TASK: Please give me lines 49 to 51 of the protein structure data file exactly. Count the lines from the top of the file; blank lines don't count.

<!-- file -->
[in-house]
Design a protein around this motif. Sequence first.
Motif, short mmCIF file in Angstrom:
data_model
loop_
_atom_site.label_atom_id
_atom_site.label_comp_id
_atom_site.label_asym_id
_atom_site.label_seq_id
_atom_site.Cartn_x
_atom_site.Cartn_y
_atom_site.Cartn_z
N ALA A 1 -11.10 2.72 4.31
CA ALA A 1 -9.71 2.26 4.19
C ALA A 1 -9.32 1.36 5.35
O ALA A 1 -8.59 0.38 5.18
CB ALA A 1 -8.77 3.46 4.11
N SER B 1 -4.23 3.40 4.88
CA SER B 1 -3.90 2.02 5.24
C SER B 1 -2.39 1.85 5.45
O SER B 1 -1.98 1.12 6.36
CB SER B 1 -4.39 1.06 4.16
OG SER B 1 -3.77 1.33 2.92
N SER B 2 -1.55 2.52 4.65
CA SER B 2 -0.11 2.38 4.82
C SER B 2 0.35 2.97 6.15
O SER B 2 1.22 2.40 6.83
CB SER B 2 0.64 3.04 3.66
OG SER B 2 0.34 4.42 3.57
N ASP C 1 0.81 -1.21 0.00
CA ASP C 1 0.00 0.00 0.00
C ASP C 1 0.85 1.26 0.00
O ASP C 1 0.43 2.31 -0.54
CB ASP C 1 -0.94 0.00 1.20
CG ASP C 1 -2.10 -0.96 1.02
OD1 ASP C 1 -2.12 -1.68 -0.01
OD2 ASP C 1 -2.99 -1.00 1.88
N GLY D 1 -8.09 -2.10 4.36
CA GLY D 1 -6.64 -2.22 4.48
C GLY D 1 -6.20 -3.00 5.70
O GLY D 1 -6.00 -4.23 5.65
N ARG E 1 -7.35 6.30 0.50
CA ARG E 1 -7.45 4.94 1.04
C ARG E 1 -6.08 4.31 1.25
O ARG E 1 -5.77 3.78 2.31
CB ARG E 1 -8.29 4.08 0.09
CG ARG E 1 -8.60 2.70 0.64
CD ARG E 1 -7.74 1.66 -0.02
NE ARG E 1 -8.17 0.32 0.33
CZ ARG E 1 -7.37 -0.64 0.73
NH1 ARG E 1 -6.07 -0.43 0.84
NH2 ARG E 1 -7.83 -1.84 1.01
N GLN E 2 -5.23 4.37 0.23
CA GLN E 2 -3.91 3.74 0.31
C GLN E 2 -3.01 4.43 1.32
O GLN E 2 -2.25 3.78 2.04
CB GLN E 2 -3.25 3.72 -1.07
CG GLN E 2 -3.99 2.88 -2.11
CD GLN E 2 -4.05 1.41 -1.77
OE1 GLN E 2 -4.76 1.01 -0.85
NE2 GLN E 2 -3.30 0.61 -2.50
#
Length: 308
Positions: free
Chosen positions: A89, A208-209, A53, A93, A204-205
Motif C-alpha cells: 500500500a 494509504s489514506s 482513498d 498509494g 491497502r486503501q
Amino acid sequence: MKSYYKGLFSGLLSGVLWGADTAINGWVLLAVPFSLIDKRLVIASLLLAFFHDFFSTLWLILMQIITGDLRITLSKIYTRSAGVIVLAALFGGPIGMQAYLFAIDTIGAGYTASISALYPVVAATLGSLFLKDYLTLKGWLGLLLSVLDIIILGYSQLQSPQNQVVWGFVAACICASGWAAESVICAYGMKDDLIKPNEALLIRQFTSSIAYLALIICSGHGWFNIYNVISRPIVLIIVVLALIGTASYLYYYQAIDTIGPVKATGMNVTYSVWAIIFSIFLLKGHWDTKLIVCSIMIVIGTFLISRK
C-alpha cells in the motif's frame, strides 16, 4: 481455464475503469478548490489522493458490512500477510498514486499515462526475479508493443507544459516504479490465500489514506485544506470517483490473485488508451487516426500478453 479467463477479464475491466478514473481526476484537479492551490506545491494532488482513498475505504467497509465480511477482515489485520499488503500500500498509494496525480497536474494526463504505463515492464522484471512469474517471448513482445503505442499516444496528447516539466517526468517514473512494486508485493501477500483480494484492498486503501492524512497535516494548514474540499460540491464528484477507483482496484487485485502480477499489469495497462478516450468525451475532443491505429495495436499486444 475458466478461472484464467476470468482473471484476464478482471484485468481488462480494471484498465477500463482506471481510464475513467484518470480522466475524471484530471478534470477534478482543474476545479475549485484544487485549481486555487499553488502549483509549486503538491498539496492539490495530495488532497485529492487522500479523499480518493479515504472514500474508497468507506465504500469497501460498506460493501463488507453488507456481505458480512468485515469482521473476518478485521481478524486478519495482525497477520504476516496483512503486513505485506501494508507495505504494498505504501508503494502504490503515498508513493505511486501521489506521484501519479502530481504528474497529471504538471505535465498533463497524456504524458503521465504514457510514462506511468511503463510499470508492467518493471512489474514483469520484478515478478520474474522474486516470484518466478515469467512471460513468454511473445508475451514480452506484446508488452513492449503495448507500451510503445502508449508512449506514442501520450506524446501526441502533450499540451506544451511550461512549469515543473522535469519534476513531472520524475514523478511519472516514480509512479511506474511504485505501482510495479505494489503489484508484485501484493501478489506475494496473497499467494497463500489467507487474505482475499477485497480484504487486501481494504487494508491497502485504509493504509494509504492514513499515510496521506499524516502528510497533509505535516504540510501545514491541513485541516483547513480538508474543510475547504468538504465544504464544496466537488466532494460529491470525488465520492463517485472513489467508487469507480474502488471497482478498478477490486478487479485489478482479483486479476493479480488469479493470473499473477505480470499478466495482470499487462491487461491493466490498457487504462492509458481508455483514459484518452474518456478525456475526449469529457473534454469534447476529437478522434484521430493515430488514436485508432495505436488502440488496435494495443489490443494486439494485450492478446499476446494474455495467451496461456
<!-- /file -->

NE ARG E 1 -8.17 0.32 0.33
CZ ARG E 1 -7.37 -0.64 0.73
NH1 ARG E 1 -6.07 -0.43 0.84